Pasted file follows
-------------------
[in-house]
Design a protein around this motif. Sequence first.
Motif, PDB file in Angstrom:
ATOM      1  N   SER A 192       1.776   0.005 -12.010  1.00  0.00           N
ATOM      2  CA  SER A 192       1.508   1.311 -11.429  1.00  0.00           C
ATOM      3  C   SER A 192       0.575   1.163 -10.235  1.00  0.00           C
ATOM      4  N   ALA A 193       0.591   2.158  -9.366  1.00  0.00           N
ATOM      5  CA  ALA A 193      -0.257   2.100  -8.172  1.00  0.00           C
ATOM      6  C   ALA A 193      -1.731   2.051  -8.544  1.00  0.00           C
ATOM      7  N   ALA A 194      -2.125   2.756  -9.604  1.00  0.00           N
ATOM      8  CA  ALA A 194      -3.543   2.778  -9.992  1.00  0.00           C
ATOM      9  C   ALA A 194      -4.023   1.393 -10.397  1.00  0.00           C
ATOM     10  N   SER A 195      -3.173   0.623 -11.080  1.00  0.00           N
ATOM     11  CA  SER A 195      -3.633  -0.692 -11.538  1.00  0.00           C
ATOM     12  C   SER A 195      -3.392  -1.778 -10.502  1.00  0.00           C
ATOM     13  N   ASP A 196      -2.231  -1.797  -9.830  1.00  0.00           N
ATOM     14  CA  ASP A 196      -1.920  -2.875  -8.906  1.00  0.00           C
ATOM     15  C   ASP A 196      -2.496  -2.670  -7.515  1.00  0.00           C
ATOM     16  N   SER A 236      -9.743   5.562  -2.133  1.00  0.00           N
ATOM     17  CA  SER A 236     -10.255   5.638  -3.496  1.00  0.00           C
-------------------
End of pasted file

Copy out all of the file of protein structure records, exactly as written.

[in-house]
Design a protein around this motif. Sequence first.
Motif, PDB file in Angstrom:
ATOM      1  N   SER A 192       1.776   0.005 -12.010  1.00  0.00           N
ATOM      2  CA  SER A 192       1.508   1.311 -11.429  1.00  0.00           C
ATOM      3  C   SER A 192       0.575   1.163 -10.235  1.00  0.00           C
ATOM      4  N   ALA A 193       0.591   2.158  -9.366  1.00  0.00           N
ATOM      5  CA  ALA A 193      -0.257   2.100  -8.172  1.00  0.00           C
ATOM      6  C   ALA A 193      -1.731   2.051  -8.544  1.00  0.00           C
ATOM      7  N   ALA A 194      -2.125   2.756  -9.604  1.00  0.00           N
ATOM      8  CA  ALA A 194      -3.543   2.778  -9.992  1.00  0.00           C
ATOM      9  C   ALA A 194      -4.023   1.393 -10.397  1.00  0.00           C
ATOM     10  N   SER A 195      -3.173   0.623 -11.080  1.00  0.00           N
ATOM     11  CA  SER A 195      -3.633  -0.692 -11.538  1.00  0.00           C
ATOM     12  C   SER A 195      -3.392  -1.778 -10.502  1.00  0.00           C
ATOM     13  N   ASP A 196      -2.231  -1.797  -9.830  1.00  0.00           N
ATOM     14  CA  ASP A 196      -1.920  -2.875  -8.906  1.00  0.00           C
ATOM     15  C   ASP A 196      -2.496  -2.670  -7.515  1.00  0.00           C
ATOM     16  N   SER A 236      -9.743   5.562  -2.133  1.00  0.00           N
ATOM     17  CA  SER A 236     -10.255   5.638  -3.496  1.00  0.00           C